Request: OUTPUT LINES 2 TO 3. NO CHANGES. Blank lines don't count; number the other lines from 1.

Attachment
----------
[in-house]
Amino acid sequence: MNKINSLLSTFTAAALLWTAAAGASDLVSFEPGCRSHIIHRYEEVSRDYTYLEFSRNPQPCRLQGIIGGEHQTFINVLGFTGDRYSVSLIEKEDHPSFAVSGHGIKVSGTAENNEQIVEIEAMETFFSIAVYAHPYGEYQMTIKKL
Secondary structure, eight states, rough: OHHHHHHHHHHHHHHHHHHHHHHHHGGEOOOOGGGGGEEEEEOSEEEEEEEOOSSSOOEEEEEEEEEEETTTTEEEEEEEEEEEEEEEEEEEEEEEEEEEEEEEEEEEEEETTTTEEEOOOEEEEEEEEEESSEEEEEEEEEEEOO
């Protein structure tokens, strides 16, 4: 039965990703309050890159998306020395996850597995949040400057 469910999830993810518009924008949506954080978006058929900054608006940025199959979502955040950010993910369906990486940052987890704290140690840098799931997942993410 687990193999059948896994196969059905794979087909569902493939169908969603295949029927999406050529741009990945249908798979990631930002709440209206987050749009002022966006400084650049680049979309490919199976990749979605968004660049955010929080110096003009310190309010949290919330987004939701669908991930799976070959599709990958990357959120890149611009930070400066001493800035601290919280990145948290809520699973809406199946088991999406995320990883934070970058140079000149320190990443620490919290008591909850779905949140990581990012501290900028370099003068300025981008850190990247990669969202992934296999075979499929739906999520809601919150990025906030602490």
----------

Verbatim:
Amino acid sequence: MNKINSLLSTFTAAALLWTAAAGASDLVSFEPGCRSHIIHRYEEVSRDYTYLEFSRNPQPCRLQGIIGGEHQTFINVLGFTGDRYSVSLIEKEDHPSFAVSGHGIKVSGTAENNEQIVEIEAMETFFSIAVYAHPYGEYQMTIKKL
Secondary structure, eight states, rough: OHHHHHHHHHHHHHHHHHHHHHHHHGGEOOOOGGGGGEEEEEOSEEEEEEEOOSSSOOEEEEEEEEEEETTTTEEEEEEEEEEEEEEEEEEEEEEEEEEEEEEEEEEEEEETTTTEEEOOOEEEEEEEEEESSEEEEEEEEEEEOO